I’m not exactly into nightlife and had to get up very early each morning to get through my program, but I was able to experience at least a little bit of Osaka nightlife, primarily on Doutonbori Street. These are a series of streets running along a canal that constitute Osaka’s premier entertainment district. Busy streets full of people, gigantic flashing neon signs, countless restaurants with often very flashy pictures or sculptures mounted on top of them – this is pretty much exactly what you would expect from a Japanese entertainment district, and walking around here in the evening is a blast.
This billboard in particular is iconic and sometimes used as a symbol for Osaka, as it has been around for 70+ years.
To me, Osaka Castle became the heart and soul of Osaka. The castle is one of Japan’s most famous landmark, and for good reason. The castle grounds are quite large and contain castle walls and vast park areas. The central tower is a spectacular sight.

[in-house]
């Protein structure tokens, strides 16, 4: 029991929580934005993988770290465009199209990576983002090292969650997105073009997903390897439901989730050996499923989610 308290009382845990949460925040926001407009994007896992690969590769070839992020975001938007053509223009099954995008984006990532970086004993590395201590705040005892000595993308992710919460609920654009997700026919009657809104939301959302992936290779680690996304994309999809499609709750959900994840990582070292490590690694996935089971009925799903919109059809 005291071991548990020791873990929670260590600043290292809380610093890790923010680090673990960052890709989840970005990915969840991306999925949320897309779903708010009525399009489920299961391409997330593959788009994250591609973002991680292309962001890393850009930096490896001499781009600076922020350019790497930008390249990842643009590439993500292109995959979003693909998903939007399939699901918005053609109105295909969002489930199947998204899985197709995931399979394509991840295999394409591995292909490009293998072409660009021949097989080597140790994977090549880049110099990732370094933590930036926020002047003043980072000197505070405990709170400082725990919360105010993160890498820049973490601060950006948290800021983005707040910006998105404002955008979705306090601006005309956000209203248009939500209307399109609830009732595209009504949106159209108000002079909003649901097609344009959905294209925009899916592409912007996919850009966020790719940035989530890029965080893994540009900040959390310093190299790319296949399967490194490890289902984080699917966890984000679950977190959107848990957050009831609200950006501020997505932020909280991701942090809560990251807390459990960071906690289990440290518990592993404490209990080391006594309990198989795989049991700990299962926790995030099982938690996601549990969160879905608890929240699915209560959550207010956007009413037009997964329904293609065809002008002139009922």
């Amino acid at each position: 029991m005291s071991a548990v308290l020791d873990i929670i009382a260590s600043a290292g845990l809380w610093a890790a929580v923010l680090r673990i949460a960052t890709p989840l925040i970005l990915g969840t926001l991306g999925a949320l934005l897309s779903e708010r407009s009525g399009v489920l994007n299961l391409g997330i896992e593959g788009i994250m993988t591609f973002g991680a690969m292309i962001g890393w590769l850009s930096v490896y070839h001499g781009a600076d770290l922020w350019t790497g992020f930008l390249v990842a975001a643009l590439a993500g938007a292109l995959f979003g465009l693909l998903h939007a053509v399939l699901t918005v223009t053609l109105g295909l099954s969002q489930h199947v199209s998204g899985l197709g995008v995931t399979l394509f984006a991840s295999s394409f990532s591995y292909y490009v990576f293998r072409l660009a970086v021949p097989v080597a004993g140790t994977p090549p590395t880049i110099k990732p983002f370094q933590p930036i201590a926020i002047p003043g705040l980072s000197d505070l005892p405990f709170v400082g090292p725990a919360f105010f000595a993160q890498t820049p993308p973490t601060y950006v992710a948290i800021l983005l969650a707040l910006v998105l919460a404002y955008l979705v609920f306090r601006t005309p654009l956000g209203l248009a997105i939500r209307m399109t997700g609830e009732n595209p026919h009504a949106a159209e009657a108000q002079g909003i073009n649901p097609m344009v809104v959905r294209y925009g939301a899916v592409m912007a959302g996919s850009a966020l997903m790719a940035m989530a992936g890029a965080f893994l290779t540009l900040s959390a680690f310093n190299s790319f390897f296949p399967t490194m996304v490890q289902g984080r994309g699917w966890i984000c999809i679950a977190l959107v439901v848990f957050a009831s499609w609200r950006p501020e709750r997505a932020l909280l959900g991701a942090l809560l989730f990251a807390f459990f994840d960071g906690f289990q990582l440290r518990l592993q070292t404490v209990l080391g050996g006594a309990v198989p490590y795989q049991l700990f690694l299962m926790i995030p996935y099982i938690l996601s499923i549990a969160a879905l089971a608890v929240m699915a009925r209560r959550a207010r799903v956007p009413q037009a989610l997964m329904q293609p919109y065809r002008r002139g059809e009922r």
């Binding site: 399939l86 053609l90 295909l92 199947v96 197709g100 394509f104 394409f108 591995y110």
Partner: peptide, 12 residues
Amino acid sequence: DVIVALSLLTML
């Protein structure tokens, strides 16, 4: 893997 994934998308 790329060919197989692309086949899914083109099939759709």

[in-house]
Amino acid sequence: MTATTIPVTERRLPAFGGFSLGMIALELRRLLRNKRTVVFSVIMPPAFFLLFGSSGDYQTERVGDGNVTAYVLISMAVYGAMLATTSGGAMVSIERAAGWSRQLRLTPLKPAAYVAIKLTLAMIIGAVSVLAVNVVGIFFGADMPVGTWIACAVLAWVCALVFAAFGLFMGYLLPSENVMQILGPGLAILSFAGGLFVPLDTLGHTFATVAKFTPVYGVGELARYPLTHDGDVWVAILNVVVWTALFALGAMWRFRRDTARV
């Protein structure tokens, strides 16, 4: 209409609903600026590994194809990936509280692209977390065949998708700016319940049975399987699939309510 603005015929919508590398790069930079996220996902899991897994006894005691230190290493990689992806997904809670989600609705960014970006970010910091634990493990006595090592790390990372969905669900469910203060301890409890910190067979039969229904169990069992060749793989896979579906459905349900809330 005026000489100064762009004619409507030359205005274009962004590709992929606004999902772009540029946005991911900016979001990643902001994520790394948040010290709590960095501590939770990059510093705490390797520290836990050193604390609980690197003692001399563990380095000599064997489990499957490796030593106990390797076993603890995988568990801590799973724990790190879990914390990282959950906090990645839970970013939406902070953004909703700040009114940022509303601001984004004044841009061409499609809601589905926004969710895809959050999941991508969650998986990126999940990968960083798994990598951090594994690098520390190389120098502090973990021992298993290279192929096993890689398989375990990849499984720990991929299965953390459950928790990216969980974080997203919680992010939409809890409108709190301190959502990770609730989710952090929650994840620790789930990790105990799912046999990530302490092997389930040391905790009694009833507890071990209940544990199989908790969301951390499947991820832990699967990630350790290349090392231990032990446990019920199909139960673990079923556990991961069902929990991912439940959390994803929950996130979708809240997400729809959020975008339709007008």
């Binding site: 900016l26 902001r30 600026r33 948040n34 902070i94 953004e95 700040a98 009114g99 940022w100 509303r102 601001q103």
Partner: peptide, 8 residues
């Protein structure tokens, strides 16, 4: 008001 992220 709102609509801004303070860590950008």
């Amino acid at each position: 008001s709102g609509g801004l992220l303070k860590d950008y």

Nishinomura Garden in particular is a great place to sit down and just stare at the Castle for a bit.
I also took some pictures holding a katana in front of it, which I will never ever upload. Since the pictures were free and someone took the photo for me, that seemed like a less awkward social encounter than asking some random passerby to take a picture of me in front of the castle. My brain works in mysterious ways.
… alright, here it goes.
(I’m not sure what poor Paul Giamatti did to deserve this)
The Castle is illuminated at night, which also makes it a fantastic destination to visit after sunset.
You can also go inside the castle. It has been repurposed as a museum and there are various exhibitions inside. You can also step on a viewing platform and get a great view of the sorrounding areas.
Here, you can see Osaka-jo Hall. This is the place where I realized another big dream of mine – seeing a New Japan Pro Wrestling show live. More on that in a bit.